“… the fascist hierarchical idea is really radically different. It is a hierarchy of persons, not a hierarchy of norms.”

    And… “The law-making of even the reformed legislature is subordinated to the law-making power of Il Duce. His decrees have the force of law…”

    And … “The only difference, according to fascist thinkers, between a democratic legislature and the head of the fascist state, is in the weakness and incompetence of the former.”

  9. Katherine M Williams says:

    But does it matter if Barr frees all Trump’s mafia goons in the end? Because no matter what Trump&Co. do, they get away with it. There will be no moment when everyone sits up and takes action. And each time they commit a crime, especially a crime against the Constitution, which they do regularly, and get away with it, it makes them stronger and harder to stop: IF there was anyone trying to stop them, which there isn’t. The government is corrupted, the military inert, and the People’s Watchdog is egging the Fascist on. Meanwhile the democratic party is frantically trying to destroy Bernie Sanders. Heck-of-a-job, Nancy!

    Who will stop them from openly stealing the election? Or from calling the election off with some bogus excuse? They believe they can do anything the want, Trump has *said* he can do anything he wants, and so far, it is true.

    • Tom says:

      If Trump & Barr succeed in sabotaging the integrity and credibility of the Justice Department by recasting the role of the AG to be consigliere to the President, no matter who that happens to be, will it not become more difficult to lay charges against Trump–say, for obstruction of justice as per the Mueller investigation– even if he is defeated in November? A Democratic administration that sought to lay such charges against an ex-President Trump would just be accused of pursuing a Deep State political vendetta rather than holding Trump accountable before the law.

      • Stephen Calhoun says:

        I assume you imply here that the accountability moment in the aftermath of a Trump loss will be a sh*t storm because the deplorables and RW media will view it as a vendetta.

        Elsewhere, for example, the leads at MSNBC won’t call it a vendetta. The MSM, taken to be the media minus the right wing outlets, will endorse the rule of law, imo.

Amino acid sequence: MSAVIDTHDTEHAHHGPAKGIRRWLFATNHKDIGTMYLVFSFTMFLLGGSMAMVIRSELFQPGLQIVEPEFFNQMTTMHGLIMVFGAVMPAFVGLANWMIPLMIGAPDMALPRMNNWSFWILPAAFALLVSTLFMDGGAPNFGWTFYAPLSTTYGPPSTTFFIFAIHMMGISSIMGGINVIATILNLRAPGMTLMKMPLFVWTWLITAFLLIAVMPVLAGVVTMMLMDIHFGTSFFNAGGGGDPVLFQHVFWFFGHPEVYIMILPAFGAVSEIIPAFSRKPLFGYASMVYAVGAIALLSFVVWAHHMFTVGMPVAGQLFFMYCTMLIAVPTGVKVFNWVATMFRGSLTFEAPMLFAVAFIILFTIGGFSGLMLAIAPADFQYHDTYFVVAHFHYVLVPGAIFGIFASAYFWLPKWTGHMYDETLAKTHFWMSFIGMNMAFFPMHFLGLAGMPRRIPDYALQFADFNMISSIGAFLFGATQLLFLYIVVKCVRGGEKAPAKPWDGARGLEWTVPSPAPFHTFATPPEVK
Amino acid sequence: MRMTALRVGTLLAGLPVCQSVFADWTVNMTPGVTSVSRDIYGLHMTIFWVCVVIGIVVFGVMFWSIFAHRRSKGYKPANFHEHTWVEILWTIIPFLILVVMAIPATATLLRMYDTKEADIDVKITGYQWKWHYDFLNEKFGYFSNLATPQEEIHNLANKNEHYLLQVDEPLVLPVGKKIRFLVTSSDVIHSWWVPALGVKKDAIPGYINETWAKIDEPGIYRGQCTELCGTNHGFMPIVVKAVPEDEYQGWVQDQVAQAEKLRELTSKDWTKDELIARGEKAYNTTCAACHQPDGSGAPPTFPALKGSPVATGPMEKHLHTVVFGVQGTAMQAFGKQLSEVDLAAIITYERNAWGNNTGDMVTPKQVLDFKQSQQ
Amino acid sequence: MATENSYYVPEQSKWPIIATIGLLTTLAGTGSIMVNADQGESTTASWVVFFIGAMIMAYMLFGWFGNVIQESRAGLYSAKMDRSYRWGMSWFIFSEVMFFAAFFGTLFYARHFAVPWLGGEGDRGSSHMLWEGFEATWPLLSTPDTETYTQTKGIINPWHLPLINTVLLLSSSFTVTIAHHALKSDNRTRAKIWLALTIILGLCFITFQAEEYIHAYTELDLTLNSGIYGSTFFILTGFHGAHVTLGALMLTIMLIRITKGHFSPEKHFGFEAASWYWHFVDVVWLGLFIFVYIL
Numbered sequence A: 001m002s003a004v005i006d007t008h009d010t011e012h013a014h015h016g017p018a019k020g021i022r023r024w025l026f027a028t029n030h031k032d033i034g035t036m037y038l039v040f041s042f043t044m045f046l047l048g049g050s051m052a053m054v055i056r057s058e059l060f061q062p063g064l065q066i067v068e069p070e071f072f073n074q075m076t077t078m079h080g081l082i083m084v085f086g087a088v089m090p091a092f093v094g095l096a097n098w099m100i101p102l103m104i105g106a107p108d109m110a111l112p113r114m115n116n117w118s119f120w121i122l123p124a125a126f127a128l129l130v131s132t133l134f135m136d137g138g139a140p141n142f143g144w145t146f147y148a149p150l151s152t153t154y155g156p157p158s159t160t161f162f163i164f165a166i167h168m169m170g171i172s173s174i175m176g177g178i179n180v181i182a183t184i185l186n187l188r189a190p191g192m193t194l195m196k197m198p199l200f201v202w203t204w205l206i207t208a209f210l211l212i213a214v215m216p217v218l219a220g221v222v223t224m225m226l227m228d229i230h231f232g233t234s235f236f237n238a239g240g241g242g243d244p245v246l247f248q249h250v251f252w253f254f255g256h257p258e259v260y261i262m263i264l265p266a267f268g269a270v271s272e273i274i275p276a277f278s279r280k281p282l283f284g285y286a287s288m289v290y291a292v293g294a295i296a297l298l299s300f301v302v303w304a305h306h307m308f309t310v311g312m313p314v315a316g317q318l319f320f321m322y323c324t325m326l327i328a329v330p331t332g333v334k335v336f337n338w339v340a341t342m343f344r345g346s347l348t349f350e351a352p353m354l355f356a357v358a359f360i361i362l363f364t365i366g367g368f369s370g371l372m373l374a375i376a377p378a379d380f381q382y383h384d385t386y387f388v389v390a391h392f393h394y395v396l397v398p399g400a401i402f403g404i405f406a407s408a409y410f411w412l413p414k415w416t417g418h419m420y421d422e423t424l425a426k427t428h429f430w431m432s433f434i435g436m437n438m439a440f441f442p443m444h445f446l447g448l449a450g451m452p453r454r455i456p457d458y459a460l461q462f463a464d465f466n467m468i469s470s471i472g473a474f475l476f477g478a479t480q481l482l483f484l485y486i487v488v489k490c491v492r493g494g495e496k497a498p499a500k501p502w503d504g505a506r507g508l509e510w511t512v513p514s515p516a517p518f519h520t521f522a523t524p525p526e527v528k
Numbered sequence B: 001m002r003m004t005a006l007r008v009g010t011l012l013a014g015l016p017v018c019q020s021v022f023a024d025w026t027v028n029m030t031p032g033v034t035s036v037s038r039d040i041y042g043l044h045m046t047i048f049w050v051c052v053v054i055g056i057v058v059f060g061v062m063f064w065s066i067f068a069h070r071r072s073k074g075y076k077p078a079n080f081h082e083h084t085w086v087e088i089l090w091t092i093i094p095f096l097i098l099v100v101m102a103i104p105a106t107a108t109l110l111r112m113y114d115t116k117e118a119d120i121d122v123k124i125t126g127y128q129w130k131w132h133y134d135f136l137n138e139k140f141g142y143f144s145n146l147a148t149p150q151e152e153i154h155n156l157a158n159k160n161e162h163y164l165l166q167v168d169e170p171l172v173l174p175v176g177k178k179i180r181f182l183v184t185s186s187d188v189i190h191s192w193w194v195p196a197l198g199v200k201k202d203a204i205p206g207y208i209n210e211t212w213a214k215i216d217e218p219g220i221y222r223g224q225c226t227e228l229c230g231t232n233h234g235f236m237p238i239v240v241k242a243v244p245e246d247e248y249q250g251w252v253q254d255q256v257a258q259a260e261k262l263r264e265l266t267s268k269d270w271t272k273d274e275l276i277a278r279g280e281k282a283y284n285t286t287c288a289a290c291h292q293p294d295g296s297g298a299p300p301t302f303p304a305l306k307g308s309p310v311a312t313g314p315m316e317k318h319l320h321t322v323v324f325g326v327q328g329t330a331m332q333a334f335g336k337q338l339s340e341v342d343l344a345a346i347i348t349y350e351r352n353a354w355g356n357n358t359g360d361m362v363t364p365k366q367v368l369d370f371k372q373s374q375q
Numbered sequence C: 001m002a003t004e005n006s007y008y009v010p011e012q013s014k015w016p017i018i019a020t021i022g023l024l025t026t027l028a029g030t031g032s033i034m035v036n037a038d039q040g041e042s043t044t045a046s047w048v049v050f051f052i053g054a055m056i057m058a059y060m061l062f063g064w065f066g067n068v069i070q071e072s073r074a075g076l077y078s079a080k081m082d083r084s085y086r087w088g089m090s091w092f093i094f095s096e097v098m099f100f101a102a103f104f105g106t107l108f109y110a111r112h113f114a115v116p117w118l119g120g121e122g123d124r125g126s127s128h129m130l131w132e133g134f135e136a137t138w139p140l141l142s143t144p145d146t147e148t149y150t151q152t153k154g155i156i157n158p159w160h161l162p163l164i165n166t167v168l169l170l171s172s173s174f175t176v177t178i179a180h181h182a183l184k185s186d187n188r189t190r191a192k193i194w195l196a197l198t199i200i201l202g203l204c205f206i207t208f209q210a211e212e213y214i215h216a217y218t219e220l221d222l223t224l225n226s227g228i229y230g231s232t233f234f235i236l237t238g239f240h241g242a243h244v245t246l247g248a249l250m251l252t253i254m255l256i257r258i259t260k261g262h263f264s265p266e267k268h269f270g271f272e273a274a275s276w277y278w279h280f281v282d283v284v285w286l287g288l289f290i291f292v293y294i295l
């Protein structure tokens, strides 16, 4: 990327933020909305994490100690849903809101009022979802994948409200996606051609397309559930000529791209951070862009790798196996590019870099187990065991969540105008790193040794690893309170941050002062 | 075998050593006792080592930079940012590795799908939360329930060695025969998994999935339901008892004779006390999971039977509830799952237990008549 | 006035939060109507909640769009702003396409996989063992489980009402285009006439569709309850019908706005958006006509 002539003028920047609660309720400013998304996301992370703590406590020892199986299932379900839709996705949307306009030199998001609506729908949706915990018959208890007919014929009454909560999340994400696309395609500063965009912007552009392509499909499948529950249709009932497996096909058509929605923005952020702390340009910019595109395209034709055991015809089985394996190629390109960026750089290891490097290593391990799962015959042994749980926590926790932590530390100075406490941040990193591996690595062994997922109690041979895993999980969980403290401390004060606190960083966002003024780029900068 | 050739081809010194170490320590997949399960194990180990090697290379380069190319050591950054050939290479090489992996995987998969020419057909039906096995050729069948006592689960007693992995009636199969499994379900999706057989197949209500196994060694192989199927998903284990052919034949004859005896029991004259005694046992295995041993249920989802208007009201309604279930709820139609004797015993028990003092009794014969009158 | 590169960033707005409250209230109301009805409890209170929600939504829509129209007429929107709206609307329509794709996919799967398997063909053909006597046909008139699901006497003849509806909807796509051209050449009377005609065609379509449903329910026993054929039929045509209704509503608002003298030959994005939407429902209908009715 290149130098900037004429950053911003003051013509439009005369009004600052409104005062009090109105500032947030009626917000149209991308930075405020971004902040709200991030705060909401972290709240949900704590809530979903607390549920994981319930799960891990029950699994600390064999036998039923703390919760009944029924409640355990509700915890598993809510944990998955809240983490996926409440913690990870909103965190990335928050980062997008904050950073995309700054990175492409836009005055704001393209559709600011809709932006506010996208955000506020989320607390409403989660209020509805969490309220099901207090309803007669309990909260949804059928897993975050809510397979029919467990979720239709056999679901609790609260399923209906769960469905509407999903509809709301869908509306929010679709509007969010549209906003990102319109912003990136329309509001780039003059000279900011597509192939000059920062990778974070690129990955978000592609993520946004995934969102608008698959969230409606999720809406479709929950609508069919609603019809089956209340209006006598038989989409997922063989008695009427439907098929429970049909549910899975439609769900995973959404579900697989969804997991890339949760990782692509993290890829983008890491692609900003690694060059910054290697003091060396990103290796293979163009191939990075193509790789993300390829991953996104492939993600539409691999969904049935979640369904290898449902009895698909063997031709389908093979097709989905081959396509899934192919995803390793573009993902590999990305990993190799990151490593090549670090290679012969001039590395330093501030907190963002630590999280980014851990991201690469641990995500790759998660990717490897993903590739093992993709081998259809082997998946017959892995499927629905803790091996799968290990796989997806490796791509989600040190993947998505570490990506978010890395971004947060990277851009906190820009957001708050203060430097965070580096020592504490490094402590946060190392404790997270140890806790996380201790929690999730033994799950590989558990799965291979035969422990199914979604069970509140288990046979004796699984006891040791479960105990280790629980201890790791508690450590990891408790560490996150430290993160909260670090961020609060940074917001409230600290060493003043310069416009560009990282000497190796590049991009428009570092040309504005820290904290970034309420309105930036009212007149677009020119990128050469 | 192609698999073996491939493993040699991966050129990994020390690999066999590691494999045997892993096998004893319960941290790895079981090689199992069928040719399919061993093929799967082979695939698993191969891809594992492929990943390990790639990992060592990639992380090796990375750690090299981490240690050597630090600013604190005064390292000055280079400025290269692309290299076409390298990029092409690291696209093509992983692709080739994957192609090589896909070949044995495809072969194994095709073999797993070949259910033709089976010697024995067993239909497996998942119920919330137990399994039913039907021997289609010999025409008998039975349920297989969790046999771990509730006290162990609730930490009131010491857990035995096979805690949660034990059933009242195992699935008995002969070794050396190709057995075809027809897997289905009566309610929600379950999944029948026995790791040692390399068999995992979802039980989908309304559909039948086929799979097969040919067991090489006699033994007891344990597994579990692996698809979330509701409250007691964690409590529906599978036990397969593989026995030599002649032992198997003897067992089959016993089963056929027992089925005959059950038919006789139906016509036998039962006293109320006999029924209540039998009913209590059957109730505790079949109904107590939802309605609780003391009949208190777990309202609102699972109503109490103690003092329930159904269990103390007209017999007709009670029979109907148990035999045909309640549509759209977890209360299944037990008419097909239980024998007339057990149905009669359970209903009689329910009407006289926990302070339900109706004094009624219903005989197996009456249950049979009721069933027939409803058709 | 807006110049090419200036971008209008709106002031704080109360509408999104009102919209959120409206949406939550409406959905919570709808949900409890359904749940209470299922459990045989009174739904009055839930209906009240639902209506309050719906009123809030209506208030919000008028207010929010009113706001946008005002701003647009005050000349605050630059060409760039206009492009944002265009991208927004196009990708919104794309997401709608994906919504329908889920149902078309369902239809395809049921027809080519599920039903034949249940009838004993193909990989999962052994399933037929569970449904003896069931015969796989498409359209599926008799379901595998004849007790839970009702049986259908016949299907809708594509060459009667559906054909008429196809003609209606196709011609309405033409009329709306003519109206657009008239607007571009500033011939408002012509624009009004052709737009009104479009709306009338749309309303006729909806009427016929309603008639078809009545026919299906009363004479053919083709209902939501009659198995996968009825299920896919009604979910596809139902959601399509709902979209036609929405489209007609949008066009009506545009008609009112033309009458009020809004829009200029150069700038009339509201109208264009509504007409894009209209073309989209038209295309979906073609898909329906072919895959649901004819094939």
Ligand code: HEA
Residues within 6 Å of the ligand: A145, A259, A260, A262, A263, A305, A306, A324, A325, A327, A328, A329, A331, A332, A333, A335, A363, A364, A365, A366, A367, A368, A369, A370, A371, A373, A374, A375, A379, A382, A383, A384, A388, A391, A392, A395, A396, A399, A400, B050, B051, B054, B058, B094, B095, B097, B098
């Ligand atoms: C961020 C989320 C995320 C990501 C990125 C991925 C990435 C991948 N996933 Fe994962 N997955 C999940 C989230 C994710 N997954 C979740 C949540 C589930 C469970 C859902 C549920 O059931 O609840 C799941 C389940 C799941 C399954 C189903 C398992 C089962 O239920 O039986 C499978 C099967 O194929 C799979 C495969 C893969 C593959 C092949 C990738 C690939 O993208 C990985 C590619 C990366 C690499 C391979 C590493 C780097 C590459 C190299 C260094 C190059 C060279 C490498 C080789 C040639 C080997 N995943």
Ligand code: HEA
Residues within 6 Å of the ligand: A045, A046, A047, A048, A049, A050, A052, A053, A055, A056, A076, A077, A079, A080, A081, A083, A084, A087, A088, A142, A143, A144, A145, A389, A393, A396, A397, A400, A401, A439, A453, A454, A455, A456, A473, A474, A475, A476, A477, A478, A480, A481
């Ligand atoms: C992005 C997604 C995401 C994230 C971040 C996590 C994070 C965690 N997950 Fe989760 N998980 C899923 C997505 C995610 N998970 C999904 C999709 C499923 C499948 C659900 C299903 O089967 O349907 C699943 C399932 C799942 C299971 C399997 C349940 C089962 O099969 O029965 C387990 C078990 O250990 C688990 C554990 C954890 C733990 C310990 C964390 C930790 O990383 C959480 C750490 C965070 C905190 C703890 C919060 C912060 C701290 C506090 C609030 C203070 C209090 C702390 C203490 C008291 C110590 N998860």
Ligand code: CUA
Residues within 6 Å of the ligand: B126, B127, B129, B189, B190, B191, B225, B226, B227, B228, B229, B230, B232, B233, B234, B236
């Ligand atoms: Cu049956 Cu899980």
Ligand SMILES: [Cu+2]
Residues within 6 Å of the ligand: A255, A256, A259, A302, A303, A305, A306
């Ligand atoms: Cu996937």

• Thomasa says:

      So far in my 70+ years I have lived through:
      – The Bay of Pigs invasion
      – The 1963 assassination of Viet Nam President Deim
      – Two weeks later, the assassination of JFK
      – The Gulf of Tonkin incident, a fabrication necessitated by the assassination of Diem
      – The assassination of Martin Luther King Jr. a year-to-the-day after his NYC Riverside church speech on Viet Nam
      – The assassination of Democratic front-runner, Bobby Kennedy
      – Walter Cronkite commenting on-air about mayor Daily’s police riot at the 1968 Democratic convention
      – The secret bombing of Cambodia, seen from the roof of a Saigon hotel in 1969
      – Being on the regular army unit backing up the Ohio National Guard at Kent State University
      – The overthrow of Chile’s president Allende
      – The Watergate Affair and the resignation of Nixon
      – Ford’s clandestine support of the Angola Civil War complete with American soldiers of fortune
      – Regan’s manipulation of the Iran Hostage Crisis to get himself elected
      – Eugene Hasenfus being the sole survivor of a C123 shot down while delivering weapons to the Contras
      – Lt. Col. Ollie North dissembling at trial concerning the money laundering etc. in Iran /Contra
      – Regan claiming he knew nothing about any of it
      – GHW Bush pardoning all concerned before they could testify to same at the urging of Wm. Barr
      – Sacramento coroner’s ruling of suicide when journalist Gary Webb was found dead with two bullet holes in his head
      – Clinton’s acquiescence to the use of depleted-uranium munitions in Iraq
      – US Rep. and Dr. Jim McDermott commenting in my interview on the devastating effects of same on – Iraq’s children
      – Clinton’s impeachment over the, umm, “Blue Dress Affair”
      – The weapons of mass destruction not found in Iraq
      – An interview with Dallas Times Herald columnist Molly Ivins in which she quipped, “It’s impossible to be too cynical; you just can’t keep up.”

  10. vvv says:

    I feel dumb. Can someone explain this to me?
    “Meanwhile, Shea is now on the clock: he has until June 2 to complete shutting down any investigations into Trump. Unless the Senate confirms a successor that has not yet been confirmed, then *Chief Judge Beryl Howell will be able to pick his replacement*.”

    • earlofhuntingdon says:

      US Attorneys are nominated by the President and subject to Senate confirmation.

      The Attorney General can make Interim or temporary appointments, like Shea’s. Those are valid for up to 120 days. In Shea’s case, that period ends on June 2nd. After that time, the district court is authorized to name the US Attorney, who acts as the USA until such time as the President nominates a successor.

      • vvv says:

        “After that time, the district court is authorized to name the US Attorney, …”
        I did not know that, thank you!

Comments are closed.